I think I have mentioned this before …. when you have different ways to solve a problem it is often easy to get locked off into a long winded but potentially elegant solution and miss the point.
3D printing has brought this home to me on a number of occasions.
An example – I have variable speed controllers on my Myford Lathe and Myford mill. The controllers are identical and each have an ON and OFF push button. The bezel around the ON button on one of these had cracked and come away leaving the switch floating in its mounting hole.
My first reaction was to replace the switch. I contacted the controller supplier to ask for a part number and distribution source to buy a new switch. They ignored my email which was fortunate as I would probably have ordered a complete new switch assembly. I would then have had all the grief of stripping down the controller case and wiring in the new switch. This would probably have invalidated any warranty etc etc.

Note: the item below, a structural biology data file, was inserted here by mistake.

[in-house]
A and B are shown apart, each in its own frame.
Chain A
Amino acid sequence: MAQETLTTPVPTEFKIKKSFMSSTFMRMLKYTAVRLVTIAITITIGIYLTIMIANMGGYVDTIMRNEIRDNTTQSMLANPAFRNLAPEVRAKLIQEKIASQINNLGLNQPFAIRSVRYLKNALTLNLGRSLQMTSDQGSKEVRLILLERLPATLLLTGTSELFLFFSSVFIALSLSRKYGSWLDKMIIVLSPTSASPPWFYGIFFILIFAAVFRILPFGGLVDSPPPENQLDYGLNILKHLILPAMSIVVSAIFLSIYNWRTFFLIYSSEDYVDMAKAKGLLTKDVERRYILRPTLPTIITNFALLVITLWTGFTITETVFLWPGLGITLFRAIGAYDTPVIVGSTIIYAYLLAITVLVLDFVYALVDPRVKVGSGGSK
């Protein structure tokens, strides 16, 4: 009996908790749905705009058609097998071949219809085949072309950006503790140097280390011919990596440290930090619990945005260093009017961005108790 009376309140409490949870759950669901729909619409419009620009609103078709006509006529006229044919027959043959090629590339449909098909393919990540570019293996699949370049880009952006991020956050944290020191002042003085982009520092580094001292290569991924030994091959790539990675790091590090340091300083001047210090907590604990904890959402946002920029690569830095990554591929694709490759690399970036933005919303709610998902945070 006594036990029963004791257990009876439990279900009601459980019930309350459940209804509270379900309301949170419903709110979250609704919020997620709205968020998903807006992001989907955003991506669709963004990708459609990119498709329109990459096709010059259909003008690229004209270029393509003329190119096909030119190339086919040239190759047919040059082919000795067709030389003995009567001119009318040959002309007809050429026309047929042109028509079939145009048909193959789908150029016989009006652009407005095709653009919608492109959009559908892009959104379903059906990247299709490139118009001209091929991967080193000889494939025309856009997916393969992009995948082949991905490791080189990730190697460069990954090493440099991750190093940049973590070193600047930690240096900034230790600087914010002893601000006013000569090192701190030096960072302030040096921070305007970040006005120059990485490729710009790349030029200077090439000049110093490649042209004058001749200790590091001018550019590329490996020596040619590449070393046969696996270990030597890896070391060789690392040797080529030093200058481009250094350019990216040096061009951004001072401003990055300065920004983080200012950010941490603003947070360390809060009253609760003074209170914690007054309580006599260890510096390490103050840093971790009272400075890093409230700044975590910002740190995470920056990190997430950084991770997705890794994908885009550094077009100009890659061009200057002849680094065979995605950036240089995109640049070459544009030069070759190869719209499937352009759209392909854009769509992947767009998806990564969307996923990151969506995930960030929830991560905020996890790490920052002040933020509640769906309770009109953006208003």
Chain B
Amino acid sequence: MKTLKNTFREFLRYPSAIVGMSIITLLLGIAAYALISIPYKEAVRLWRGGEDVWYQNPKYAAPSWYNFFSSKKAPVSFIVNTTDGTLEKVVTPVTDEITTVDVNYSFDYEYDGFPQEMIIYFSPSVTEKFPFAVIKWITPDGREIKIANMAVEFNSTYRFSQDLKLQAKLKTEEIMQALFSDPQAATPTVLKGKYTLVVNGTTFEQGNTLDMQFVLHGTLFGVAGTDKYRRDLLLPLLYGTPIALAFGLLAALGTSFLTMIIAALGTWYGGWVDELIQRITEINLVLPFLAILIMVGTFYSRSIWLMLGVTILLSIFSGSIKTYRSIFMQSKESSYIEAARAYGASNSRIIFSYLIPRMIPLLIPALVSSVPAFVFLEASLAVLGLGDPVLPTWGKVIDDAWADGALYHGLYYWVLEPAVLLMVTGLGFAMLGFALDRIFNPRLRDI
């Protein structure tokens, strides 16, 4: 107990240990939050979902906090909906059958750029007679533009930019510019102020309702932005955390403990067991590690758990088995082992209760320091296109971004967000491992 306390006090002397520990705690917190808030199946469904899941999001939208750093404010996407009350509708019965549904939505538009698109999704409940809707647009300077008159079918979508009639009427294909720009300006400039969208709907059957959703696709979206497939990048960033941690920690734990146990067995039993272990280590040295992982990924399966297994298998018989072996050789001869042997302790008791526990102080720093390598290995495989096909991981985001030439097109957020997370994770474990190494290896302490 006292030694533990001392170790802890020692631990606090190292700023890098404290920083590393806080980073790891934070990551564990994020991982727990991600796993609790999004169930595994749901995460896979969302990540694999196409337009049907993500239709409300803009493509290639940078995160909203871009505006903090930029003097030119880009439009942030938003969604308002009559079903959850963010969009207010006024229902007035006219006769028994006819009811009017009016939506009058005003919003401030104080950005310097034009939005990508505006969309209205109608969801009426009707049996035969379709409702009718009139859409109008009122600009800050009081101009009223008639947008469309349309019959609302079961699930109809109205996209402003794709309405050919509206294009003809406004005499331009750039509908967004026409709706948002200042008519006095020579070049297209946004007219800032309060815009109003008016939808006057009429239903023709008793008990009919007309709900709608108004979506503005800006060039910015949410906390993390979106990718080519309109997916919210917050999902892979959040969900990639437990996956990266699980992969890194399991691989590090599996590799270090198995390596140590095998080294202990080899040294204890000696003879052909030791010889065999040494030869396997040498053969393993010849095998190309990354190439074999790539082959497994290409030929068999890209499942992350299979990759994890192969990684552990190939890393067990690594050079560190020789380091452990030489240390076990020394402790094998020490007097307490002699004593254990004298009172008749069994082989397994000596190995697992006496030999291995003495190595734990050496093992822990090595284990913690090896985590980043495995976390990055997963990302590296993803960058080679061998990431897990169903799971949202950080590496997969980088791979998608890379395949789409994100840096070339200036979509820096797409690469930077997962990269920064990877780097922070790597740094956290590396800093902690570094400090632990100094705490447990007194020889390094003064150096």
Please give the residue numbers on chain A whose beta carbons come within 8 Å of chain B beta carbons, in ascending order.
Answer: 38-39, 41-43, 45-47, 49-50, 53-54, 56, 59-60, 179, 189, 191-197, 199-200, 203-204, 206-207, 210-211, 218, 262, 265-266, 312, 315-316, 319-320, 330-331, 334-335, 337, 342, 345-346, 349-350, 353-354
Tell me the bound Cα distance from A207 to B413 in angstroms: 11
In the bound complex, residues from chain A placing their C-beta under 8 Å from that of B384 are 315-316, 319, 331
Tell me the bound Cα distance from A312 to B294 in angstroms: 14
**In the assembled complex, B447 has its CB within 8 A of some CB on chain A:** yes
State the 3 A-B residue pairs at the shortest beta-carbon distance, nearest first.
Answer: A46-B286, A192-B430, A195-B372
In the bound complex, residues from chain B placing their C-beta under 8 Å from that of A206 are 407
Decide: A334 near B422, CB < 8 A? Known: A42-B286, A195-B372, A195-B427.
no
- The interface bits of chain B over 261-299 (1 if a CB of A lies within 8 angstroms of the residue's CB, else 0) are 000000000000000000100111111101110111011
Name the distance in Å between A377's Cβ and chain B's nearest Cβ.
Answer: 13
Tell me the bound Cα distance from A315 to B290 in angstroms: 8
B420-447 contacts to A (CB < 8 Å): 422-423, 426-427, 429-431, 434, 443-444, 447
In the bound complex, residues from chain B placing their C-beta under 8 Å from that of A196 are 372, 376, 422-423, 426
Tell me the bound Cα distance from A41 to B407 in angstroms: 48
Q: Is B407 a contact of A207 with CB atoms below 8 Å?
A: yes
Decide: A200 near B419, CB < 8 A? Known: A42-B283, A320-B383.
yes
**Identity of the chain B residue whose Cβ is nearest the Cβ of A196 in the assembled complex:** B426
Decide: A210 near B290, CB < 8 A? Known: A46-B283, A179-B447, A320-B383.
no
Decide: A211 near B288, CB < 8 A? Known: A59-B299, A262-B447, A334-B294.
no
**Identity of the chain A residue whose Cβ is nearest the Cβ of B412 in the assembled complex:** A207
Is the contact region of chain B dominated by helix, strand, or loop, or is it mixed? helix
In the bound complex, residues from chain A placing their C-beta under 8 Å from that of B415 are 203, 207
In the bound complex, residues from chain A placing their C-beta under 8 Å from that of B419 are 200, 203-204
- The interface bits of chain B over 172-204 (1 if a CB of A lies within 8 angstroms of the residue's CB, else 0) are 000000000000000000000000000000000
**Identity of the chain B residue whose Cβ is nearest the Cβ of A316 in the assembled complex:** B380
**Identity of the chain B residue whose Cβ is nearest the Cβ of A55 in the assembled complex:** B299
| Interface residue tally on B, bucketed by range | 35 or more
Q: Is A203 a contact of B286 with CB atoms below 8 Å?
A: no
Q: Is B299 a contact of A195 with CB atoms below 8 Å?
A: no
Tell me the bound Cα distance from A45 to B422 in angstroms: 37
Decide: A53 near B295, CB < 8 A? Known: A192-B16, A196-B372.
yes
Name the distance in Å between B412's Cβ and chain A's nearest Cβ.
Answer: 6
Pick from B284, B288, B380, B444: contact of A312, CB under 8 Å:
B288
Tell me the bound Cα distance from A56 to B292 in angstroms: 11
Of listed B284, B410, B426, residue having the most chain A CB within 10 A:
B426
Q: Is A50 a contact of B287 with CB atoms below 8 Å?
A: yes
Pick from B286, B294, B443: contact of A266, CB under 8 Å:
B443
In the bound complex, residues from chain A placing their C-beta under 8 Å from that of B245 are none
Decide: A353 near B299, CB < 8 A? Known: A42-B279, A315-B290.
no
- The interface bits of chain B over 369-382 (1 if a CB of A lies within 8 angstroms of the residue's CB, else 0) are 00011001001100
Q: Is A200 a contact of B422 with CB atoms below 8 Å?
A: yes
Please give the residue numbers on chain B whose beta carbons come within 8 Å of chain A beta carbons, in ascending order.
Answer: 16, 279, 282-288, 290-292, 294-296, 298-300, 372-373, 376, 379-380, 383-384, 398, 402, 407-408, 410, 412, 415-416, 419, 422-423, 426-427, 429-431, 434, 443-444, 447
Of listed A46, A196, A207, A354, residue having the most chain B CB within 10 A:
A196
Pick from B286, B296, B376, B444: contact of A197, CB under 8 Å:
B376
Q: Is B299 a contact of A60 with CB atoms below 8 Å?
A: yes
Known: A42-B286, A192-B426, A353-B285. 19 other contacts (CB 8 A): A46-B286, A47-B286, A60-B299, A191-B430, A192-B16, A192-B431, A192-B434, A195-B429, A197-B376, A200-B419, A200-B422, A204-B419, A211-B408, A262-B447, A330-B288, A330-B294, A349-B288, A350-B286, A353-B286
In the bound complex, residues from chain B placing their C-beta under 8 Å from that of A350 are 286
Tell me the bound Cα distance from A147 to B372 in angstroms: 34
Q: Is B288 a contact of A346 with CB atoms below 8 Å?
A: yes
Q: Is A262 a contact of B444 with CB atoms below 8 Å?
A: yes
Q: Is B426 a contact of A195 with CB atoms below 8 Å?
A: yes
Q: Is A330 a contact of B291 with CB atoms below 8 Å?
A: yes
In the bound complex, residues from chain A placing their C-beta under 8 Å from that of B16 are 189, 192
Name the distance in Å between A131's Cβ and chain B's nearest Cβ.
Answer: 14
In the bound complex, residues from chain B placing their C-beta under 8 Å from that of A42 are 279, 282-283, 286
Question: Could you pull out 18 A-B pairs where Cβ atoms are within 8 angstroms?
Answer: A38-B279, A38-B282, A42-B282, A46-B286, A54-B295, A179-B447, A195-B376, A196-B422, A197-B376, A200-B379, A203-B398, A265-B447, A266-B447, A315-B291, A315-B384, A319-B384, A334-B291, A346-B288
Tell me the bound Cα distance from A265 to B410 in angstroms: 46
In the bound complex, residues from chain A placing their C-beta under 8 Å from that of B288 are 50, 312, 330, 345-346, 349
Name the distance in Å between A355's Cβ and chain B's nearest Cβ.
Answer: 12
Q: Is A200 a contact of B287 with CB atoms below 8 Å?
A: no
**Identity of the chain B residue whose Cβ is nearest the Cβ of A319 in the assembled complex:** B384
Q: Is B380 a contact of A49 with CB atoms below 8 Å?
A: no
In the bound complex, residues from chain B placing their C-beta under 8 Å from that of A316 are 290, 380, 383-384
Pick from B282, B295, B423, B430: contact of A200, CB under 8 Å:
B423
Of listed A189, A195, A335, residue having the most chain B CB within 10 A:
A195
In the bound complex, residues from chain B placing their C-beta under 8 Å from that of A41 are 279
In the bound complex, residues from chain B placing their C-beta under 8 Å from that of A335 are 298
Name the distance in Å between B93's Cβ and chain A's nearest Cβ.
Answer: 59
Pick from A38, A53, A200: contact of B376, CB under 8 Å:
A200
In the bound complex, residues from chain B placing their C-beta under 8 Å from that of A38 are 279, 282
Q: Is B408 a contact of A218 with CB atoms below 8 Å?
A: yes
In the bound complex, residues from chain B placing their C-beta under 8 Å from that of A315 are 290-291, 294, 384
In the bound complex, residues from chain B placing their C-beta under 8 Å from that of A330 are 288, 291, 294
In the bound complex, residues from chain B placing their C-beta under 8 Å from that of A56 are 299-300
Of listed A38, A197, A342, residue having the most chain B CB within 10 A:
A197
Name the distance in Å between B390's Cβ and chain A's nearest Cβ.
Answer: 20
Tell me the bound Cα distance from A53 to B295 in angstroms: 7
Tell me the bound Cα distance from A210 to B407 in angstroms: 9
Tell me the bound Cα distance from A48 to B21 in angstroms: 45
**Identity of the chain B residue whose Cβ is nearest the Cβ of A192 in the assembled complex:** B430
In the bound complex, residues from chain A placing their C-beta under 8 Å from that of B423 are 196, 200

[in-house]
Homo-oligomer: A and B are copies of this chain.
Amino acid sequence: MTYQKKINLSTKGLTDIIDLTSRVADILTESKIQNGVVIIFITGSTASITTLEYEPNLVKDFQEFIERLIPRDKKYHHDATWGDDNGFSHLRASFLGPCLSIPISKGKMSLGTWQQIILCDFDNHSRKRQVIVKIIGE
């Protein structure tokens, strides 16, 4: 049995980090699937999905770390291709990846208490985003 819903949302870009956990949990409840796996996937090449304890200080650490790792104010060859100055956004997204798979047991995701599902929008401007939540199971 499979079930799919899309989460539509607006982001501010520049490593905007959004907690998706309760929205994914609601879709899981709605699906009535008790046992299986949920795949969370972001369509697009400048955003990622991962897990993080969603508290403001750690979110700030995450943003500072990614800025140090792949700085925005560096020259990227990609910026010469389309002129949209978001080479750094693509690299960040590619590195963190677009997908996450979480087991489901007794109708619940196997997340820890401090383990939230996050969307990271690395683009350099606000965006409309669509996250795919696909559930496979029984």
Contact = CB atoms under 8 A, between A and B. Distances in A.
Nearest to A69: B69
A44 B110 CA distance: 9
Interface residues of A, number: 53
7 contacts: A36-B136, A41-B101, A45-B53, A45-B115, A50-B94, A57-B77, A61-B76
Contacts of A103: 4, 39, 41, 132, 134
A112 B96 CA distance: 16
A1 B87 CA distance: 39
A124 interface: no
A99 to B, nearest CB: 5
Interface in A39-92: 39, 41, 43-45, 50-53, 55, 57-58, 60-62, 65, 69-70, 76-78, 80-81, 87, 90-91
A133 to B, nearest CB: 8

Instead I stepped back and looked at the problem from a different angle. The bezel while broken still had enough of the ring and thread intact and simply needed gluing back together. However it would not have been strong long term. What it needed was an outer strengthening ring.
Fusion 360 called and the Sindoh 3D printer. A ring was designed and printed (20 minutes) and the bezel strengthened and made good. I also printed three more rings and put these around the remaining three switch bezels as a preventative action should they also weaken and crack.
A simple, low cost and effective solution with the added benefit of reduced downtime in the future. But the point is that it wasn’t the first solution I was considering correct though it might have been.
3D printing is such a useful resource to have available but you need to think outside of your normal approach to a problem to realise its potential.
Sorry that wasn’t mega interesting but I thought it worth sharing …
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